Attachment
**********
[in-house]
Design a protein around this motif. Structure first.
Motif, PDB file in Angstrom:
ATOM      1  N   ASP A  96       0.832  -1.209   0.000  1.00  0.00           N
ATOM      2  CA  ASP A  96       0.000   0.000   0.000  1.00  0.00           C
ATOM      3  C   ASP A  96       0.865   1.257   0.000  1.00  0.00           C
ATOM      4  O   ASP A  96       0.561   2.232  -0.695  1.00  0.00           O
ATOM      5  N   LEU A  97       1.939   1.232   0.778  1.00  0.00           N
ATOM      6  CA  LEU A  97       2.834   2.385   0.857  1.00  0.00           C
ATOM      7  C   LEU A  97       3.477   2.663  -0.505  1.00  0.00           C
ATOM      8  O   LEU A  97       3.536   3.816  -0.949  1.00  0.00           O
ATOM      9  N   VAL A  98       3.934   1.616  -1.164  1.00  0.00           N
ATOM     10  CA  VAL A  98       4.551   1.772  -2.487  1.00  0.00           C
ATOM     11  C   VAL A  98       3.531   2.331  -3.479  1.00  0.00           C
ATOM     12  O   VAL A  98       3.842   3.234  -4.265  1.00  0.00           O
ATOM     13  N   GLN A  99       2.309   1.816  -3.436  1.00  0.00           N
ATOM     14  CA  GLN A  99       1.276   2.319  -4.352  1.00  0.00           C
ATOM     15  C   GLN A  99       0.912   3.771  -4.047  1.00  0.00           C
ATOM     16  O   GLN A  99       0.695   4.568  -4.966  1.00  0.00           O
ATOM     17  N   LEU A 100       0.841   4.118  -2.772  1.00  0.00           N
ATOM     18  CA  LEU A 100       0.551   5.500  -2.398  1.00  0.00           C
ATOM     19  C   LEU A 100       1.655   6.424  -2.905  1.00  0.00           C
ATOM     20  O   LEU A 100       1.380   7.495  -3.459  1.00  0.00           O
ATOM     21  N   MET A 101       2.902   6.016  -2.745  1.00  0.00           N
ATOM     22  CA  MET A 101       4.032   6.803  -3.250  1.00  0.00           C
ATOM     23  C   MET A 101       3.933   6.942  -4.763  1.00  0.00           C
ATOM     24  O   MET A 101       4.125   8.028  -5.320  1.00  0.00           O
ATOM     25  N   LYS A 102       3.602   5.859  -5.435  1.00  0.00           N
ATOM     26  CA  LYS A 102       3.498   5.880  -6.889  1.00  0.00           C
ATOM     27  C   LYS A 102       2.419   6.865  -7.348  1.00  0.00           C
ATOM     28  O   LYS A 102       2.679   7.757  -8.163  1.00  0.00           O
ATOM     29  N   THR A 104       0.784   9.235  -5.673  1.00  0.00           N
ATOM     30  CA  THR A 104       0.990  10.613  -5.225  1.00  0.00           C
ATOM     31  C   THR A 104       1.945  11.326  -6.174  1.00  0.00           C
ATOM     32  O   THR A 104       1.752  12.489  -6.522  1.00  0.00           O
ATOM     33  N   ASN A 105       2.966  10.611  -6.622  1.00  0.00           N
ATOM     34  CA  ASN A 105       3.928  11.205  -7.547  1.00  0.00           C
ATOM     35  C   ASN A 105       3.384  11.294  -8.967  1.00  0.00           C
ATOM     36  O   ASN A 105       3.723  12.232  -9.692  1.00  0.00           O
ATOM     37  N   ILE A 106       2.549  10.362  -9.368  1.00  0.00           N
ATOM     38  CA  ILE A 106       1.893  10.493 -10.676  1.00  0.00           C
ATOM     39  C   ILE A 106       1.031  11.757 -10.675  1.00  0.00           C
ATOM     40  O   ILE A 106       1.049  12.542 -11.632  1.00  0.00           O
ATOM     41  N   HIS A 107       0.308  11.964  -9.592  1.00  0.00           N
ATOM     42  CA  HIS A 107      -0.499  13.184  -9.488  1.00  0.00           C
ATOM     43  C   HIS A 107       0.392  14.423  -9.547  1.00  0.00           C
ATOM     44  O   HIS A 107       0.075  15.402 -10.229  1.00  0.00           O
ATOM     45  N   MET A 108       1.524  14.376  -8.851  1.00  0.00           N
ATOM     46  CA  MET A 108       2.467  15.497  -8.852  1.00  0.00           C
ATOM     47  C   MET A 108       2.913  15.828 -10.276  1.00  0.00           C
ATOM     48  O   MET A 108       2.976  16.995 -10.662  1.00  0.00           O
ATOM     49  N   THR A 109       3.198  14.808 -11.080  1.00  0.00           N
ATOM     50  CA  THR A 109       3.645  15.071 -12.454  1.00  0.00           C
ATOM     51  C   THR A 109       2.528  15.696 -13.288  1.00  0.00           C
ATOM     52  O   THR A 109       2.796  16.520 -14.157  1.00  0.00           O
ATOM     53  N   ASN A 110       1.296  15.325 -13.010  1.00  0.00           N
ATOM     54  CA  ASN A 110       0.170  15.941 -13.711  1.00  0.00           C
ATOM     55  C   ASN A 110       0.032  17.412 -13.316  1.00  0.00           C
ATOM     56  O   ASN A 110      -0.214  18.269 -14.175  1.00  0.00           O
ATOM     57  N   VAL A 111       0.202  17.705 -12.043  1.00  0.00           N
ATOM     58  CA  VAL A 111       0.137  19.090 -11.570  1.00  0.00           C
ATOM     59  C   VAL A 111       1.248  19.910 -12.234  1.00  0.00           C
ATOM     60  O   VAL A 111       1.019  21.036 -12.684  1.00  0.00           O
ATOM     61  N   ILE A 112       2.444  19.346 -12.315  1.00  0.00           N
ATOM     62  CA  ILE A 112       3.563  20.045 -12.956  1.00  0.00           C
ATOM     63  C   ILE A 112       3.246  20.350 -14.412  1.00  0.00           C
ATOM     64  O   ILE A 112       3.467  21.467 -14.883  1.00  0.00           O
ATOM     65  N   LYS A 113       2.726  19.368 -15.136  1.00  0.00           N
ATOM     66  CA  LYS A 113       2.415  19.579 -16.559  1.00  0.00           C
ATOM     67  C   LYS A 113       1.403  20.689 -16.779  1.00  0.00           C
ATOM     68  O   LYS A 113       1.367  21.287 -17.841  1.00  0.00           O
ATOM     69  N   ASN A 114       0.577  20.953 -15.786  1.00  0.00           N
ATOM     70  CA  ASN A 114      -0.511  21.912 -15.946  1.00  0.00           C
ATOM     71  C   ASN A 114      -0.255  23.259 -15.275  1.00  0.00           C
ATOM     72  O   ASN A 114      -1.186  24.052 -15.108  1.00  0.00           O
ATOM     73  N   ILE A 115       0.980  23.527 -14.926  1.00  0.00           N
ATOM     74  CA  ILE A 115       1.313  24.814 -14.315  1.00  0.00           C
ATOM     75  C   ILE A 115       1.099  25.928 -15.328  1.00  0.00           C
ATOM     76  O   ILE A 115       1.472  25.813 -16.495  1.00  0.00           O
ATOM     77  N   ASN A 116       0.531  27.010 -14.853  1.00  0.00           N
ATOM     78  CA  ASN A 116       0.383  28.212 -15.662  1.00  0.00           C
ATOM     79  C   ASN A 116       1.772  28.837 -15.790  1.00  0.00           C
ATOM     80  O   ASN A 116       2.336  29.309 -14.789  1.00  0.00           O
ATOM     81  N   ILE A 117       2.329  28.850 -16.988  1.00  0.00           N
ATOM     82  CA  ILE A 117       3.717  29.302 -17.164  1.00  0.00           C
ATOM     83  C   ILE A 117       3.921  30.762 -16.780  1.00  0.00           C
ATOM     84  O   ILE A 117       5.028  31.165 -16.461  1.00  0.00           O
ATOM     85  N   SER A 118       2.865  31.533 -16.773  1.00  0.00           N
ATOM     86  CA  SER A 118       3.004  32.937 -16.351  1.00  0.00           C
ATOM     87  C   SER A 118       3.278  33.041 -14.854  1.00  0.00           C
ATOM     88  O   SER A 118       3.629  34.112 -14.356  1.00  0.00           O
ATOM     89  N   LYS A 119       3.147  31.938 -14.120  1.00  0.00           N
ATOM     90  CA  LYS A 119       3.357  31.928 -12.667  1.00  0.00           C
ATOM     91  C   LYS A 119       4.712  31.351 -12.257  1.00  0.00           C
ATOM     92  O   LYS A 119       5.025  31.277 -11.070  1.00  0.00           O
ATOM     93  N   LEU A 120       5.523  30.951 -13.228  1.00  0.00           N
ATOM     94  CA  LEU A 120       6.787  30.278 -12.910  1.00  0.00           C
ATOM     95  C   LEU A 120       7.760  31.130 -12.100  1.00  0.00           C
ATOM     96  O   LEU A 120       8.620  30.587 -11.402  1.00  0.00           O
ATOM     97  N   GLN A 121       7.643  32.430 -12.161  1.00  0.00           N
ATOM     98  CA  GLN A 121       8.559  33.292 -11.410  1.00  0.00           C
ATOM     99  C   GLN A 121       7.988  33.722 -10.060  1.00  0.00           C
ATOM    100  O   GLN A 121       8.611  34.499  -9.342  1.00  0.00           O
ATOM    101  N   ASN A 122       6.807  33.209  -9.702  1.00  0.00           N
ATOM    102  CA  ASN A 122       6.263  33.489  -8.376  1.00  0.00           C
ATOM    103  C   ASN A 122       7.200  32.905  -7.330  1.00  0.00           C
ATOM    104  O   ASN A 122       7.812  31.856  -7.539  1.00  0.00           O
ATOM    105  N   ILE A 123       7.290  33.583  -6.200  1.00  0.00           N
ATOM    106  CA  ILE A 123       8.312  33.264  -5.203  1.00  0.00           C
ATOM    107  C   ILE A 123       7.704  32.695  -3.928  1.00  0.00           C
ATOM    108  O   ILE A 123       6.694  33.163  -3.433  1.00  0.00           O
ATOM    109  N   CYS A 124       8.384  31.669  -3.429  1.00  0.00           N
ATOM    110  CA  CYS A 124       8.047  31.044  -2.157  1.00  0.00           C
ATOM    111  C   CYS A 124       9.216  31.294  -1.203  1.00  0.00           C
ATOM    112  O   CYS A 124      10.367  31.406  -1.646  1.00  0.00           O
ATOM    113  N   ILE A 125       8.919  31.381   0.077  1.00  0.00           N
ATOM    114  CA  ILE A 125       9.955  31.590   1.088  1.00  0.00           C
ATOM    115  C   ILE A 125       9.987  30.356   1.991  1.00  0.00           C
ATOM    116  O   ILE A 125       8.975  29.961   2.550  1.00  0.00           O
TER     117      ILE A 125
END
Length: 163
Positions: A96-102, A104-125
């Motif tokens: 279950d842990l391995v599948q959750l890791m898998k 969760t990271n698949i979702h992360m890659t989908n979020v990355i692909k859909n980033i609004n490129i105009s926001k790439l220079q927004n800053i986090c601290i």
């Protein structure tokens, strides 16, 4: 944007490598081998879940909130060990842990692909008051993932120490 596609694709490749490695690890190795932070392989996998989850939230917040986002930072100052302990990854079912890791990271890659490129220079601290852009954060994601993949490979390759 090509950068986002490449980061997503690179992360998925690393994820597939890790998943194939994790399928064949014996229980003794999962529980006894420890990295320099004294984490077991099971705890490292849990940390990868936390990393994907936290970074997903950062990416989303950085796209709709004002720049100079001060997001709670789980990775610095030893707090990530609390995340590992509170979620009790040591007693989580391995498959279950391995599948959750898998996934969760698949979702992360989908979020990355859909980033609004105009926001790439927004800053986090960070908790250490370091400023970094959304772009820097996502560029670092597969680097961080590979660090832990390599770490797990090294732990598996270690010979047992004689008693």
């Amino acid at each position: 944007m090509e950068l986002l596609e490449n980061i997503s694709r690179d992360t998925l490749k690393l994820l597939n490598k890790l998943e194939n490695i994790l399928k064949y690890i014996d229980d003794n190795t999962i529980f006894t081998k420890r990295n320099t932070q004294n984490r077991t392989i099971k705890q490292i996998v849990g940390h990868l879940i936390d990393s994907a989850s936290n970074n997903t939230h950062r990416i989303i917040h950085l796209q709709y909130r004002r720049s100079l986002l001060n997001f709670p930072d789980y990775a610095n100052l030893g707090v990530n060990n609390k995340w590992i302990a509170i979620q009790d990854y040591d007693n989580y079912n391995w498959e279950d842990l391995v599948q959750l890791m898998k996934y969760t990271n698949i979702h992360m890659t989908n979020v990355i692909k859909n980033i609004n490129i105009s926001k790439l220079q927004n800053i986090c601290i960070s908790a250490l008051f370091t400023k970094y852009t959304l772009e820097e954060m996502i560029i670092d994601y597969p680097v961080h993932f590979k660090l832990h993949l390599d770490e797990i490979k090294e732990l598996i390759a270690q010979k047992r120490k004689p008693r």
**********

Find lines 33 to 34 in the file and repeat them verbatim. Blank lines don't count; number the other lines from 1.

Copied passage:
ATOM     30  CA  THR A 104       0.990  10.613  -5.225  1.00  0.00           C
ATOM     31  C   THR A 104       1.945  11.326  -6.174  1.00  0.00           C